Then finally, finally, we meet Jessica Lange's character, the acting Supreme of witches, Fiona Goode. Is there another woman on TV right now who can deliver lines like Lange, or who can so very easily own the scene just by walking around in heels? Fiona is on the hunt for an age-defying solution (just like Madame LaLaurie), and literally sucks the life out of the attractive and fit biochemist who offers to help her illegally. Newly "invigorated" (but no more youthful) Fiona visits the Academy and surprise, surprise, her daughter is Paulson's character, Cordelia (which we all knew going into this). Fiona takes over the Academy as only she can, by waltzing in with a cigarette and putting everyone to shame. The girls quickly realize this woman doesn't take any shit as Fiona flings Madison across the room with a flick of her finger, simply for calling Fiona a "hag." Just imagine what's to come.
When Madison coaxes Zoe to attend a frat party, you know things are going to go badly, especially when one of the jocks from the frat makes the "roofie" motion above Madison's drink. While Kyle (a blond, letter-jacketed, frat boy Evan Peters) and Zoe make googly eyes at each other through a random ice sculpture, Madison is upstairs getting gang-raped by Kyle's frat brothers. After Kyle breaks it up and the brothers all rush back to their bus and speed away, Madison simply walks out into the street and flips the bus over with a slight swipe of her hand. She kills all but two of the boys, including precious Kyle -- though I'd bet a million dollars that's not the last we've seen of him. Zoe uses her "kill sex" (which is what I'm going to call it) to do away with Madison's gang-rape instigator in his hospital bed.
And then we jump to -- holy hell, Angela Bassett, have you aged at all in 20 years?! (Maybe she really is a witch!)
(Here's Bassett in 1992's "Malcolm X," and in this episode of "Coven." Not much of a difference, is there?)
Via another quickie 1834 flashback, we discover her character, Marie Laveau, is the lover of the newly created Minotaur. Once Marie figures out that Madame LaLaurie did that to him, she finagles her way into the house with the promise of a love potion. LaLaurie stupidly drinks it, which seems a bit out-of-character -- would a racist woman who tortures slaves be that willing to drink a mysterious little vial that an African-American stranger gives to her? Regardless, she does, and croaks.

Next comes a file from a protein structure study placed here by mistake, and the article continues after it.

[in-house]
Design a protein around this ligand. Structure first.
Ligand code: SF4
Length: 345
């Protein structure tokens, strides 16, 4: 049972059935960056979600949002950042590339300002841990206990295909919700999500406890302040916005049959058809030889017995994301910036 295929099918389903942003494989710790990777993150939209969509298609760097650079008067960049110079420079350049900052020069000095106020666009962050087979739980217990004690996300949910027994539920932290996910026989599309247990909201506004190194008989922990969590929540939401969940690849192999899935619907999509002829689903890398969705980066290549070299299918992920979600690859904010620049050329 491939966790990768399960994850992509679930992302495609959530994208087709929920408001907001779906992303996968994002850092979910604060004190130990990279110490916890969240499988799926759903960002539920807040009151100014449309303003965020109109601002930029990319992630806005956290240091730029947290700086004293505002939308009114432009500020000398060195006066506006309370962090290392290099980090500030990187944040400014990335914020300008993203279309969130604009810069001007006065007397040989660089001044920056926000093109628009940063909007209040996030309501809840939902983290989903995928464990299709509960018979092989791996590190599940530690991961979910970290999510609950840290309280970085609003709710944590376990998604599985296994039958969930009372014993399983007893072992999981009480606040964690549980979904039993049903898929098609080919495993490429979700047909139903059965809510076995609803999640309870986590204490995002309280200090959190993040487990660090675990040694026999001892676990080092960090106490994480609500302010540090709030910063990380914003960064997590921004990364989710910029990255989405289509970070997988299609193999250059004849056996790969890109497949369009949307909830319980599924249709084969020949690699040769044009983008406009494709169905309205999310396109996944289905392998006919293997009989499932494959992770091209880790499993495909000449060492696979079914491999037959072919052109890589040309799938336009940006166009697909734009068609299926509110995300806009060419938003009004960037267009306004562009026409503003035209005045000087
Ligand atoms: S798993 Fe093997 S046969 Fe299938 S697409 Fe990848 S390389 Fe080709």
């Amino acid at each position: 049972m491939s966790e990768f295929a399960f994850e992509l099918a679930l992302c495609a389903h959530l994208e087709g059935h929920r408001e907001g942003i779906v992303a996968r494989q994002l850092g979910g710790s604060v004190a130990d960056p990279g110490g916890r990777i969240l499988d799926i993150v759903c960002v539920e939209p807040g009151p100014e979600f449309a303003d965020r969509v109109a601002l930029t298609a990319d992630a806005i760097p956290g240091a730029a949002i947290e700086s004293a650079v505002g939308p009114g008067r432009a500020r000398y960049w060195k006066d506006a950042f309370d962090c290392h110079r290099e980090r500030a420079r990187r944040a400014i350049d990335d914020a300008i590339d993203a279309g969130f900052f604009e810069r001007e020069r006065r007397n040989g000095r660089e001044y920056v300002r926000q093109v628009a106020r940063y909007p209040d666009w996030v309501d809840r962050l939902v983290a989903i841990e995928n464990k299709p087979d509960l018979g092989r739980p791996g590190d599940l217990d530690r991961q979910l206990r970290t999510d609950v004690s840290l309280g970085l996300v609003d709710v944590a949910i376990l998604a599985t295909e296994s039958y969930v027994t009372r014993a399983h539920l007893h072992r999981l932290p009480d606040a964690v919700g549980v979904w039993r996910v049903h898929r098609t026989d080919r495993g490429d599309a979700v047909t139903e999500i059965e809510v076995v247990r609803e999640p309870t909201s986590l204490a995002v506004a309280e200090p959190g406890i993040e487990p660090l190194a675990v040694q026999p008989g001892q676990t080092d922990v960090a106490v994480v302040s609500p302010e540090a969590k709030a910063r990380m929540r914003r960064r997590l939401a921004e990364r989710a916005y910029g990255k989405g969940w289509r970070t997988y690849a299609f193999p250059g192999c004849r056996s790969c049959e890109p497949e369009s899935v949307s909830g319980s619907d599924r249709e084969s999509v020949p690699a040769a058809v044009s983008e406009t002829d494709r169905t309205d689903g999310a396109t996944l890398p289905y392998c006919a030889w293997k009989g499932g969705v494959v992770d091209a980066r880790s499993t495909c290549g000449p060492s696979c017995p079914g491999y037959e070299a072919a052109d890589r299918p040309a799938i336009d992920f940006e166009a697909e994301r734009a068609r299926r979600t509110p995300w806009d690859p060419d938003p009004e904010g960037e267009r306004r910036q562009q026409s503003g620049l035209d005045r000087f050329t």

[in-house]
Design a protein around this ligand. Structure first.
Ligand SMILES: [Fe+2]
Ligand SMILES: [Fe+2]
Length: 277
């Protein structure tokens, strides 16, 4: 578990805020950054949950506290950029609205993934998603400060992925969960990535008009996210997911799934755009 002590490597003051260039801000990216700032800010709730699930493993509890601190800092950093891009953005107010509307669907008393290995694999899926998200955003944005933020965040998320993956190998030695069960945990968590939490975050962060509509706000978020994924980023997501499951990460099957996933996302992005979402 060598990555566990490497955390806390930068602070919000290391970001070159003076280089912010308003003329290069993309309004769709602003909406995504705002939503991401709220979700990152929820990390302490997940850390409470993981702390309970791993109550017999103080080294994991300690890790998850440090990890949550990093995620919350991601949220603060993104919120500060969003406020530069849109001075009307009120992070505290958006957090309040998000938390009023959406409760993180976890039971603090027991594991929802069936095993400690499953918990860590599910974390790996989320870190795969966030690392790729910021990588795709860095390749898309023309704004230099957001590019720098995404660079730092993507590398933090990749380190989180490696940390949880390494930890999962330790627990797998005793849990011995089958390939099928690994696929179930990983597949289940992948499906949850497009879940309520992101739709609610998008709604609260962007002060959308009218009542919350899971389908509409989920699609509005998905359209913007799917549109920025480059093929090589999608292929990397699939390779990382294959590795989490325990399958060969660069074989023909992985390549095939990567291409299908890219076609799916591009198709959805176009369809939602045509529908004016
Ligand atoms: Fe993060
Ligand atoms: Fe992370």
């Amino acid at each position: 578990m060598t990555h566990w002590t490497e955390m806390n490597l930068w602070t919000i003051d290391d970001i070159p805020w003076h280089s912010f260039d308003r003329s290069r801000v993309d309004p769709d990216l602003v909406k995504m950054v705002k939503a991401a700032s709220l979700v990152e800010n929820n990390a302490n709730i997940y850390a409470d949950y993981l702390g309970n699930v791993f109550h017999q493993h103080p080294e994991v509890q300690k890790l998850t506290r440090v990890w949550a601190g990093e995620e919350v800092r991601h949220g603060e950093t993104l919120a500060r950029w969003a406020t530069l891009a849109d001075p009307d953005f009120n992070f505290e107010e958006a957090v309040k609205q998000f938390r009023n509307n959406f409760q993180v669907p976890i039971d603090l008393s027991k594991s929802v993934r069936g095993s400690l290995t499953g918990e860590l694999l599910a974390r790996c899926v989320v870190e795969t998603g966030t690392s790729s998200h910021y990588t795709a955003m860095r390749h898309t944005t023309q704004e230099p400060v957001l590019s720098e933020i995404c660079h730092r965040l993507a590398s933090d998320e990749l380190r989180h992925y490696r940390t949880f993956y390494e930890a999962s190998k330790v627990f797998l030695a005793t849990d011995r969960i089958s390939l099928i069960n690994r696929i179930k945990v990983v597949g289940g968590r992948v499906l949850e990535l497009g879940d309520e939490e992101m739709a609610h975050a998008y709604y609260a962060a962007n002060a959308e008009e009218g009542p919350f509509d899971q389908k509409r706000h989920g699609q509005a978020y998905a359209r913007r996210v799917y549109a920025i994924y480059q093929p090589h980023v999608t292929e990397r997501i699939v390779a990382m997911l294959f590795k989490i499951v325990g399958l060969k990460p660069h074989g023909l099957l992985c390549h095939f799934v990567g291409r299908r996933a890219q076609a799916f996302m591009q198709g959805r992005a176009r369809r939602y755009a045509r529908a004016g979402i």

Flash-forward and we witness Fiona ordering the back yard of Madame LaLaurie's house dug up, based on Nan's clairvoyant instincts. Under the dirt we see Madame LaLaurie herself, still alive, almost 200 years later. As she walks away with Fiona, all I can think is "Those two? Together?!" I absolutely cannot wait to see what mischief the two are going to make.
Witch, Please: (every week I'm going to award the witchiest witch of them all) The obvious winner this week is Fiona. From the life-sucking to the catty comments to the flinging Madison across the room, she has this week down. Not to mention her penchant for brainwashing civilians for free museum tours.
Other Random Thoughts:
- Kathy Bates' French is impeccable. Her accent, her pronunciation. Impressive. And I'm Canadian!
- Jammed into the episode is the unfortunate fate of Lily Rabe's character, Misty Day, whose witchy power is to resurrect the dead (methinks this is how Kyle will come back to life). We see her get burned by some crazy locals, but we never see her die. So, as with Evan Peters' character, the premature deaths are probably not deaths at all.
- I really hope Taissa Farmiga either stops narrating or gets better at it. She recites passages like she's reading the side of a cereal box.
- I worry about this hour's tendency to feel a bit soapy, despite all the horror. It is only the premiere, so my fingers are crossed that this was just for the sake of character establishment and things are going to get more insane from here.
- The trend of strong and interesting women on TV continues -- "Orphan Black," "Orange Is The New Black," and now this. What a wonderful development.
- Jessica Lange. In A Gadda Da Vida. That is all.
"American Horror Story: Coven" airs Wednesdays at 10 p.m. ET on FX and FX Canada.